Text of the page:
The club’s owner will be demanding a better performance on and off the field, Ancelotti would not have come cheap, but that big loss may compromise some of the new manager’s plans. Success is long overdue. This is, after all, a club that has not won a single prize since they lifted the FA Cup 25 years ago, the longest period without a trophy in their history.

@GameofthePeople

Photo: PA

 

 

Goodison Park – where games for the people are still played

CLOTH CAP nostalgia is a popular pastime among football folk as inner cities continue to be purged of their old football stadiums, replaced by smart, antiseptic structures of white steel and plastic. Horse manure no longer squelches underfoot as fans tramp through the streets and past red brick houses, the mildly eccentric fan with a transistor radio clamped to his ear has long gone. Like the street corner pub, the skeletal floodlights that once towered above tight rows of back doubles have largely been torn down.

The authentic football experience that characterised the 1950s, 60s and 70s is hard to find, but Everton’s Goodison Park encapsulates some of the endearing elements from a gentler, less commercially-driven era. Goodison is still something of an old fashioned football home that acts as a magnet for the local blue and white-scarved population.

It was a joy to visit a stadium that has witnessed some memorable football matches. Everton’s triumphs aside, the ground hosted five games in the 1966 World Cup, including the quarter-final between Portugal and North Korea, which saw the great Eusébio net four times. In 1894, Goodison staged the FA Cup final between Notts County and Bolton Wanderers.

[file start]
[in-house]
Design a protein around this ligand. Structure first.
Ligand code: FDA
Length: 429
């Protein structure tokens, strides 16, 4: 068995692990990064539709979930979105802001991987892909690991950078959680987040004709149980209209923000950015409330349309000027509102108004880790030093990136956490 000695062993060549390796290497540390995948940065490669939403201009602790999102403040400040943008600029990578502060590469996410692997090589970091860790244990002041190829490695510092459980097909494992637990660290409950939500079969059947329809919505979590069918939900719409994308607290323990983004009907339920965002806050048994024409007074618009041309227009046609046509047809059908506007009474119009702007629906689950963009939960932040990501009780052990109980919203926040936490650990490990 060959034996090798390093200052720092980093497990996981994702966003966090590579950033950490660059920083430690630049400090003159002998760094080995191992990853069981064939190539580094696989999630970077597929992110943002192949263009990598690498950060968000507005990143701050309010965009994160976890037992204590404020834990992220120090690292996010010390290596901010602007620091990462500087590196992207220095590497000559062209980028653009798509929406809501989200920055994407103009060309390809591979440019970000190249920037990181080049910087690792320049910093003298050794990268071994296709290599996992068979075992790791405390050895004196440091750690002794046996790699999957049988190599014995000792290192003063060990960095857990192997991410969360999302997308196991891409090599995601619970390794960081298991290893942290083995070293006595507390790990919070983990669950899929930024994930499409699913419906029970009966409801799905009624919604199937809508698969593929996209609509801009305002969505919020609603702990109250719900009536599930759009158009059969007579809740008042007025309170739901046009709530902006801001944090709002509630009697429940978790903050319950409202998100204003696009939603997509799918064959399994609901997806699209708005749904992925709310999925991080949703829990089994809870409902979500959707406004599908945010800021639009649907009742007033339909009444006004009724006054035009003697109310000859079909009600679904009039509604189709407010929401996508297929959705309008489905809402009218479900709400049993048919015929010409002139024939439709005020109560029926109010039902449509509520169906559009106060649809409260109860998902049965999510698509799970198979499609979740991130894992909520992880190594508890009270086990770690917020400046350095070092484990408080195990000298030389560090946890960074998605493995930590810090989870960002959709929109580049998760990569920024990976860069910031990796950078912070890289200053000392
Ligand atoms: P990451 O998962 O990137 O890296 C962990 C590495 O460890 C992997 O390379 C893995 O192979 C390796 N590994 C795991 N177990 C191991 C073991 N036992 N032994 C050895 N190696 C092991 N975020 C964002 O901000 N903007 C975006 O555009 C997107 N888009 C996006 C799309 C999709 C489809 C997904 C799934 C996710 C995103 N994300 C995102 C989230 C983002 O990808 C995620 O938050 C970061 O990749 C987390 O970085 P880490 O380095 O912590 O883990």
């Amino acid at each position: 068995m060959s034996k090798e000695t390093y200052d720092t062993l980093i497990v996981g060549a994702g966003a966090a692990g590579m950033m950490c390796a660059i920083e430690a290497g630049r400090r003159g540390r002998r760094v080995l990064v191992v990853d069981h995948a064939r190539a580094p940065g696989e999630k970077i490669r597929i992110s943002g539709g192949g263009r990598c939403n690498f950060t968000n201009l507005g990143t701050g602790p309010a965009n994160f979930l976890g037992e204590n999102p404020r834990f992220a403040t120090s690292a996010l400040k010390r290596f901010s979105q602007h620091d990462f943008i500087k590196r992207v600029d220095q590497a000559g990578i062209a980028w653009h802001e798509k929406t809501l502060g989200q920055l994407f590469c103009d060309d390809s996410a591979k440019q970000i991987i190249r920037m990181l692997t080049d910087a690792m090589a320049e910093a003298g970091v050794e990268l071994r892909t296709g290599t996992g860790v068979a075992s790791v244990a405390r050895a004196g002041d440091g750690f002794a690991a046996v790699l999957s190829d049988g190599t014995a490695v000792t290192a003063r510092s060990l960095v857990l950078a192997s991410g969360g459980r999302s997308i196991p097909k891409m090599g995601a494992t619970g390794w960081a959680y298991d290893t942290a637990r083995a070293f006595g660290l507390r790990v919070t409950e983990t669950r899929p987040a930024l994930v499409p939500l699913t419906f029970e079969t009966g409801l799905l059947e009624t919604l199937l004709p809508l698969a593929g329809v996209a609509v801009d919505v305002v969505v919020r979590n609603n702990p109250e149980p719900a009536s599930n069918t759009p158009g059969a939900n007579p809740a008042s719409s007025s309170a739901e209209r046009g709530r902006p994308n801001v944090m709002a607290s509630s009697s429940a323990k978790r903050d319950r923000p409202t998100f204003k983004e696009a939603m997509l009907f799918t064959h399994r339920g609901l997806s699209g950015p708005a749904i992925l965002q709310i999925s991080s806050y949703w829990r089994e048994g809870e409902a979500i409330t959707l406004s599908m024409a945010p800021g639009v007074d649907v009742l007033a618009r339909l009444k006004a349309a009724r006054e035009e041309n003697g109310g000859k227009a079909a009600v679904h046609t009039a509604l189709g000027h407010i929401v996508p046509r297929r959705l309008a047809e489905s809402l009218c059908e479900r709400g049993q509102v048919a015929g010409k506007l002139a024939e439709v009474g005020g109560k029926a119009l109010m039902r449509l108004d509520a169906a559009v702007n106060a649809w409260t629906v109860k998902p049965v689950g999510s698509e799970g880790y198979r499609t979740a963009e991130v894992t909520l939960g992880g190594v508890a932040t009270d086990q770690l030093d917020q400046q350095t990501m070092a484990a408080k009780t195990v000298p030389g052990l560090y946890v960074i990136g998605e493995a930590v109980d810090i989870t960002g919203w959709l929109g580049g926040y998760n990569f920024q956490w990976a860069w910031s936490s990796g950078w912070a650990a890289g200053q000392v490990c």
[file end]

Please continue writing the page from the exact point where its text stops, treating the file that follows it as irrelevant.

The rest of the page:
The locals couldn’t get much closer to Goodison if they tried. Residents of the houses on Goodison Road stare at the backside of the triple-decker stand, erected between 1969 and 1971 and one of the first of its kind in Britain. Some occupants stand in their doorways, watching the matchday hubbub as vendors move into place and the human traffic scatterguns in different directions to various turnstiles. The Winslow Hotel, which calls itself “the People’s Pub” rests in the shadow of the stand. Goodison’s unique nature also extends to the famous church that was once very visible in the corner of the ground, sitting between Gwladys Street and Goodison Road.

It’s good – and heartwarming – to see that Everton’s legendary trio of Alan Ball, Howard Kendall and Colin Harvey is remembered in the form of a statue outside the church. These three players were pivotal figures in Everton’s 1969-70 league title winning team. Sadly, only Harvey is still around.